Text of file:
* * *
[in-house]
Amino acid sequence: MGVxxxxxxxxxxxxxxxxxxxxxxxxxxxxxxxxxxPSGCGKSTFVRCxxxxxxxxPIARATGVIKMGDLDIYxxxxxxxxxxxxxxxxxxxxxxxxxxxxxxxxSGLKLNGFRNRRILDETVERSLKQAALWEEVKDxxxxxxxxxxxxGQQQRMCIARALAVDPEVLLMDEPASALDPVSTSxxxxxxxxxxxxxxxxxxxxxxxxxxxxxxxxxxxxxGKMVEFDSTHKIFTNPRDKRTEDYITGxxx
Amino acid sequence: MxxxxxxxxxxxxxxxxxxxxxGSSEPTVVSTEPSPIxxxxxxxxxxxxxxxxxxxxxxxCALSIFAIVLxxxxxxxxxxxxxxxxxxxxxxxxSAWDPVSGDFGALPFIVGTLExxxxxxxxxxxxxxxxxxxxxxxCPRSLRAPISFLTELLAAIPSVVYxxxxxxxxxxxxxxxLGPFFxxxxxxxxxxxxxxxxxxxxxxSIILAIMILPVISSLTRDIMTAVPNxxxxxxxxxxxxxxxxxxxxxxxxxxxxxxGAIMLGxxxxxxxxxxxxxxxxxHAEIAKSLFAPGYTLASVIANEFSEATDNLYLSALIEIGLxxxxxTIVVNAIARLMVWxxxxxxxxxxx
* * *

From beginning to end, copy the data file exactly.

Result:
[in-house]
Amino acid sequence: MGVxxxxxxxxxxxxxxxxxxxxxxxxxxxxxxxxxxPSGCGKSTFVRCxxxxxxxxPIARATGVIKMGDLDIYxxxxxxxxxxxxxxxxxxxxxxxxxxxxxxxxSGLKLNGFRNRRILDETVERSLKQAALWEEVKDxxxxxxxxxxxxGQQQRMCIARALAVDPEVLLMDEPASALDPVSTSxxxxxxxxxxxxxxxxxxxxxxxxxxxxxxxxxxxxxGKMVEFDSTHKIFTNPRDKRTEDYITGxxx
Amino acid sequence: MxxxxxxxxxxxxxxxxxxxxxGSSEPTVVSTEPSPIxxxxxxxxxxxxxxxxxxxxxxxCALSIFAIVLxxxxxxxxxxxxxxxxxxxxxxxxSAWDPVSGDFGALPFIVGTLExxxxxxxxxxxxxxxxxxxxxxxCPRSLRAPISFLTELLAAIPSVVYxxxxxxxxxxxxxxxLGPFFxxxxxxxxxxxxxxxxxxxxxxSIILAIMILPVISSLTRDIMTAVPNxxxxxxxxxxxxxxxxxxxxxxxxxxxxxxGAIMLGxxxxxxxxxxxxxxxxxHAEIAKSLFAPGYTLASVIANEFSEATDNLYLSALIEIGLxxxxxTIVVNAIARLMVWxxxxxxxxxxx